Published: UFOURia Spring 2008
Tesco opens beside University Halls in Portstewart. McDonalds coming to Jordanstown. Is there any escape from the aggressive invasion of big companies in student life in Northern Ireland? Robin Peake sets out on his crusade to stop lining the pockets of the rich, and urges you to join him
At 21 my political mind is a mess. I joined the UUC Socialist Party at the start of this academic year and became a leftie without the beard. After Christmas I paid a tenner to become a member of the Alliance Party, notoriously neutral in a political climate dominated by religion/ideologies. Throw into the mix that I’m an evangelical Christian and you start to wonder how much of the political spectrum one man wants to cover. By my own admission I don’t know if I’m a Commie, a Capitalist or a Centralist. Yet while on my whirlwind tour of ideologies I’ve made one stop, and I’m starting to make a stand on it too. Consumer Choice.
It’s very easy in this day and age to agree with the argument that our voices don’t matter to the state elite, or to big corporations. Why even bother to vote in elections? Is my ‘x’ really going to make any difference amongst thousands? However I would argue that we vote every day – with our wallets. Daily we spend money on food, drink, fuel and plenty of other wee things without thinking. And yet the consumer choices we make during our days as students are those that our most likely to stick with us throughout the rest of our lives. Why do you think newspapers such as The Times are prepared to sell for far less than retail price in Student’s Union shops? Why do you think Freshers week is full of banks clamouring to get you on board? Because in both cases, they know the power of the choices made by students. The students of today are the leaders of tomorrow who will influence the decisions and consumer choices of others. That is why I think now is the optimum time to think about what you are spending your money on.
Have you ever fully thought of the benefits on offer by buying Northern Irish produce? Cookstown Ham, Ormo Bread, Ballyrashane Milk, Tayto Crisps, Smithicks Ale By spending your money on these items and countless others which have been produced in the six counties then you are keeping people in employment. If employment is high, then income is generated by more workers, which in turn is spent in the local economy; in goods, services and leisure. If a company is doing well through increased sales (e.g. Linwoods of Co. Armagh) then this in turn can create more opportunities for graduates – Marketing, Advertising roles; Management positions, Accountants, Web designers and IT technicians: all opportunities that arise from a company’s expansion.
Think too of where you buy your food and drink. Why not use the local corner shop instead of the branded supermarket? Because it’s more expensive? Fair point, but when you’re in your 30s with money to spare and can’t find anything other than a Tescos to shop in just remember who to blame.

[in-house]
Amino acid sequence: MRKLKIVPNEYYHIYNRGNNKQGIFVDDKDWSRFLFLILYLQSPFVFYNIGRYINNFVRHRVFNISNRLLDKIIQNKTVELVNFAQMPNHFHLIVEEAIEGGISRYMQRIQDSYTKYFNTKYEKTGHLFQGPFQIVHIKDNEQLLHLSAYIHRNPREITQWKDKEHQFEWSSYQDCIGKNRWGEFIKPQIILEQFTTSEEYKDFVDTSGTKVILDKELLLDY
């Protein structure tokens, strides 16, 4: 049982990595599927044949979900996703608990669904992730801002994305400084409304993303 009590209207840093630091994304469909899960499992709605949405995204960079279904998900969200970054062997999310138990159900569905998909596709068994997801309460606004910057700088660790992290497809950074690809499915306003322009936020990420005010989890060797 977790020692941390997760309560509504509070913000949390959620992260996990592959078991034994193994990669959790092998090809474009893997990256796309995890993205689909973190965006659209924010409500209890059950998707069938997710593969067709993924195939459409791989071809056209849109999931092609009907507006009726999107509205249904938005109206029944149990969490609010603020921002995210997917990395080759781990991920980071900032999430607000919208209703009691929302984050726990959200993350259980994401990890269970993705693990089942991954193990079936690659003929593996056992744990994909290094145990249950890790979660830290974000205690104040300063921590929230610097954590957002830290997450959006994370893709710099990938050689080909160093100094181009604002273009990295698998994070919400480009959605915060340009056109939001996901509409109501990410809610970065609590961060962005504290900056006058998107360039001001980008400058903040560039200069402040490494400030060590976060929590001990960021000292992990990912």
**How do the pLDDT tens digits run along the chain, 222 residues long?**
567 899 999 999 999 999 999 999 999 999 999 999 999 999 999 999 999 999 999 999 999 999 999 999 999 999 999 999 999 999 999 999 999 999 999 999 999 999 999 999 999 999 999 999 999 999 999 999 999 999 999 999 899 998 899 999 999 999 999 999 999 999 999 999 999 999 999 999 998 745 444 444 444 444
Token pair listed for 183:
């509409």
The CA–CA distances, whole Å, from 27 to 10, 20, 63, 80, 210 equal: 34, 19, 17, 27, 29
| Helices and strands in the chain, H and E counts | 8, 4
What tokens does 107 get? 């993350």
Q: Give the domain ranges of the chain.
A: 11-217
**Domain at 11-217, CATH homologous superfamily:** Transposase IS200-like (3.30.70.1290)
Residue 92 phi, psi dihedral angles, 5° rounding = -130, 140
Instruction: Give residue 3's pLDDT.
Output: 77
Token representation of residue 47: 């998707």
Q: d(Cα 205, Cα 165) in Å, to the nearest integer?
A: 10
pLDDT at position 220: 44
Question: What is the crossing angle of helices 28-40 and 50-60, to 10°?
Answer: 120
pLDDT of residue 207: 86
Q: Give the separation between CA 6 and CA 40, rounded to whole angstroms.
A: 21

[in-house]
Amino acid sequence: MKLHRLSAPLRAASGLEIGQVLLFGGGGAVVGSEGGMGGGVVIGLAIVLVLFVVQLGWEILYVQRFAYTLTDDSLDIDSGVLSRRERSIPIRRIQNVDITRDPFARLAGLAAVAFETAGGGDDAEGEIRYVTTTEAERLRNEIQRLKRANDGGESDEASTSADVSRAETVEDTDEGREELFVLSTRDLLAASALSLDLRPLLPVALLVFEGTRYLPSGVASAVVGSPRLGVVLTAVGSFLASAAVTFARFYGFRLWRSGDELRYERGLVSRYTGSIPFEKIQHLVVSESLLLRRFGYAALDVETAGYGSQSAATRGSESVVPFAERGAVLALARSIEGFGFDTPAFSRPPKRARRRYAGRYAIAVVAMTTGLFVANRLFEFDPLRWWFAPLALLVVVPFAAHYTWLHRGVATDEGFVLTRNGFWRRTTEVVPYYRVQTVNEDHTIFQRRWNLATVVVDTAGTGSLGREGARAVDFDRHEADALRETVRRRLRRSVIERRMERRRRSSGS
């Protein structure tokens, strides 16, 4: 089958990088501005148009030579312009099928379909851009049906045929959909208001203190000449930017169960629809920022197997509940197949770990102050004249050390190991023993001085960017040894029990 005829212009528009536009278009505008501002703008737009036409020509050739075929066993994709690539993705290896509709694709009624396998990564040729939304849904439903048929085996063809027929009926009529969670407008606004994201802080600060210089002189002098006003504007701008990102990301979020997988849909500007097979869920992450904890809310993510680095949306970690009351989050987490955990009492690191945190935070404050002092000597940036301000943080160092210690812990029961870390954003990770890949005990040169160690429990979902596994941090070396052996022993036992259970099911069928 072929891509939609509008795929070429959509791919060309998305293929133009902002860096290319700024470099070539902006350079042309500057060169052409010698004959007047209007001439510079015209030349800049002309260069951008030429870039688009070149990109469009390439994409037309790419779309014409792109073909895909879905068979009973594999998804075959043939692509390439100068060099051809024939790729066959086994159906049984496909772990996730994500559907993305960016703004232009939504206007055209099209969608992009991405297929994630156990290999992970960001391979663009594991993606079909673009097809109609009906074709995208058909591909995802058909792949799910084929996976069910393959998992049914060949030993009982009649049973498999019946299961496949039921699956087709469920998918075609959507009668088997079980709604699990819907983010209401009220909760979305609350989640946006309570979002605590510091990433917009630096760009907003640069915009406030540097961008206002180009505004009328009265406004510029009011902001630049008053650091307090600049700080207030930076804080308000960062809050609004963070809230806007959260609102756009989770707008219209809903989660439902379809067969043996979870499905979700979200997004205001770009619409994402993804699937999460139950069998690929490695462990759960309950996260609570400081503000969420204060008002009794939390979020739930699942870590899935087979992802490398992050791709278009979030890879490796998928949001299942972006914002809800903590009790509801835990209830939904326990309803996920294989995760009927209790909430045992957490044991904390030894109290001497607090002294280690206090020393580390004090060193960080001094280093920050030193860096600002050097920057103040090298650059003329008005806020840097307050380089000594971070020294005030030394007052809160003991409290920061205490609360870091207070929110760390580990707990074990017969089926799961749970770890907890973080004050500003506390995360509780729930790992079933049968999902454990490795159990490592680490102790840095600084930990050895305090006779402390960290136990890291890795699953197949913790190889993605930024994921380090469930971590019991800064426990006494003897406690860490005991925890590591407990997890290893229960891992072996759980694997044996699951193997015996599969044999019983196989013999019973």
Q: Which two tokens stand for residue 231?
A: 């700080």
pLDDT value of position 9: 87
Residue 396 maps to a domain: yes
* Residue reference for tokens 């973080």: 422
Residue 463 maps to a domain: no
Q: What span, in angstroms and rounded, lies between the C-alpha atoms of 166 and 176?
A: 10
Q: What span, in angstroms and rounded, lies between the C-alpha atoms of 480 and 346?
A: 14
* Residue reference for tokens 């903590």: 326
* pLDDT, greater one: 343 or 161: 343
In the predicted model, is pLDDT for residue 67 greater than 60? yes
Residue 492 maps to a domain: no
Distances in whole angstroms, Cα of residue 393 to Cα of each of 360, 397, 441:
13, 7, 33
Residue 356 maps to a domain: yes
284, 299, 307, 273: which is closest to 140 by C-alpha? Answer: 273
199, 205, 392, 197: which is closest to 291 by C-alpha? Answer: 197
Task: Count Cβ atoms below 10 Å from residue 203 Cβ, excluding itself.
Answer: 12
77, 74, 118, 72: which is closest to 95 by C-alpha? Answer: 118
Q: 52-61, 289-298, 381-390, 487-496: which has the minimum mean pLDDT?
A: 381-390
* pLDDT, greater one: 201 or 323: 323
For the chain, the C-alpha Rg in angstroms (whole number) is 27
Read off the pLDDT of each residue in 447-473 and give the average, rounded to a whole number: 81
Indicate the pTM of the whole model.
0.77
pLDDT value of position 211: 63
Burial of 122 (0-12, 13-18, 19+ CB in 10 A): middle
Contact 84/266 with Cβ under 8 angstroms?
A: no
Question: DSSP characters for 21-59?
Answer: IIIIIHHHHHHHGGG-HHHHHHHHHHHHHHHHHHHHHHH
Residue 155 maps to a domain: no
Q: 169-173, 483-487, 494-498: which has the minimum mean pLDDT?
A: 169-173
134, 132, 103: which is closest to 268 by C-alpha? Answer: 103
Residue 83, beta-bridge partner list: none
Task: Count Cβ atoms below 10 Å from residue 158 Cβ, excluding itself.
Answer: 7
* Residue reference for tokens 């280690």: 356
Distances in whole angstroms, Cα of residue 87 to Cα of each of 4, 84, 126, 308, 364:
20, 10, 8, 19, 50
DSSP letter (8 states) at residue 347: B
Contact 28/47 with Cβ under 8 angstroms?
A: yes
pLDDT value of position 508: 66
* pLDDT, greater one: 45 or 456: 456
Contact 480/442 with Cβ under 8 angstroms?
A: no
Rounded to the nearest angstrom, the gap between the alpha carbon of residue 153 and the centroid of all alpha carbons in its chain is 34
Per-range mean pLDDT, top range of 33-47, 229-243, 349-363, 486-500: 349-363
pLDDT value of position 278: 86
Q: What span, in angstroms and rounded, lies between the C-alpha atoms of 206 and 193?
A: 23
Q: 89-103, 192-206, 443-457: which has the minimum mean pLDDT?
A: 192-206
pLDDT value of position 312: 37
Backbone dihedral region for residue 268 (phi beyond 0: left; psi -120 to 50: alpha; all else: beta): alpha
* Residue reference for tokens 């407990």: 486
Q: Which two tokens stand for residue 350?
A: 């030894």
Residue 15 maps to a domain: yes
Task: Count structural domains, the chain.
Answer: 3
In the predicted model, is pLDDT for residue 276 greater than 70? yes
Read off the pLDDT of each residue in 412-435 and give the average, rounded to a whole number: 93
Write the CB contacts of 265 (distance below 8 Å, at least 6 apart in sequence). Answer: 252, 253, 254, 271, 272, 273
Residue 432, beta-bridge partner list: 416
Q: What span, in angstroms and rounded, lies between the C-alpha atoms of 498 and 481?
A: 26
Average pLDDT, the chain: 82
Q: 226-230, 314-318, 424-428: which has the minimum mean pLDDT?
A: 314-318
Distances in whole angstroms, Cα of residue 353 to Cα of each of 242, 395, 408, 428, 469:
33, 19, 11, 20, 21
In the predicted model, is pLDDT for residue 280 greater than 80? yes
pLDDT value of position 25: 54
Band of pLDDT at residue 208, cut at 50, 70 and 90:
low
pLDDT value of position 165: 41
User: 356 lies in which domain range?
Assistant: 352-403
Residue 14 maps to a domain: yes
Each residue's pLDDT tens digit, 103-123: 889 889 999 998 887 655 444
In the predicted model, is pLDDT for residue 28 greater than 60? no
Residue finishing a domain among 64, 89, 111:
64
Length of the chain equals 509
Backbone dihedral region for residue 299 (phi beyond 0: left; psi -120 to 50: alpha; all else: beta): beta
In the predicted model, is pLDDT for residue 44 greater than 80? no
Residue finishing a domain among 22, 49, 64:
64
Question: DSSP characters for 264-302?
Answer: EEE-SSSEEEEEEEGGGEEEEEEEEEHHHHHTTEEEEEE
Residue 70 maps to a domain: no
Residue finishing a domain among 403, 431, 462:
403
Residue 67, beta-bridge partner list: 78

Contribute to World Poverty – Or not?
There are those that will say that by buying ‘Fairtrade’ you are making the world a better place and alleviating global poverty. I propose a much darker alternative. By not buying Fair Trade where possible, you are increasing the power that large companies such as Nestlé have over highly skilled and underpaid workers. You are increasing the hours of the third world workers by your purchase, who needs to step up production to fulfil your wants. You are increasing the gap between rich and poor. My housemate tells me that he doesn’t buy Fairtrade coffee because “it’s a rip off.” I argue that other brands of coffee are ripping off their poverty-stricken employees, and that really that’s the choice it bottles down to – Who should pay the price? Consumers with a few extra quid or producers with no fair deal in sight? By using your loaf and buying Fairtrade wine, clothes (UU hoodies available), tea, rice you are guaranteeing that at the other end of the line more of your money is going towards the farmer and his family, and not only that, but there is also extra money available to build schools and basic hospitals. The farmer then, with a bit of extra income is able to buy animals off his neighbour who then too has received some of your money. The consequences of our money are far reaching, and we need to realise our responsibility in spending. Look out for the Fairtrade logo on products. Encourage your friends to think seriously through the benefits. Pester the UU authorities to strap on a pair and achieve ‘Fairtrade University’ status.
So next time you’re thinking of heading out for some groceries, look at where they come from, and think of who is benefiting from your purchase. And, if you end up buying something local, or something with the ‘Fairtrade’ logo then you’ll probably find that you and your conscience have benefited too.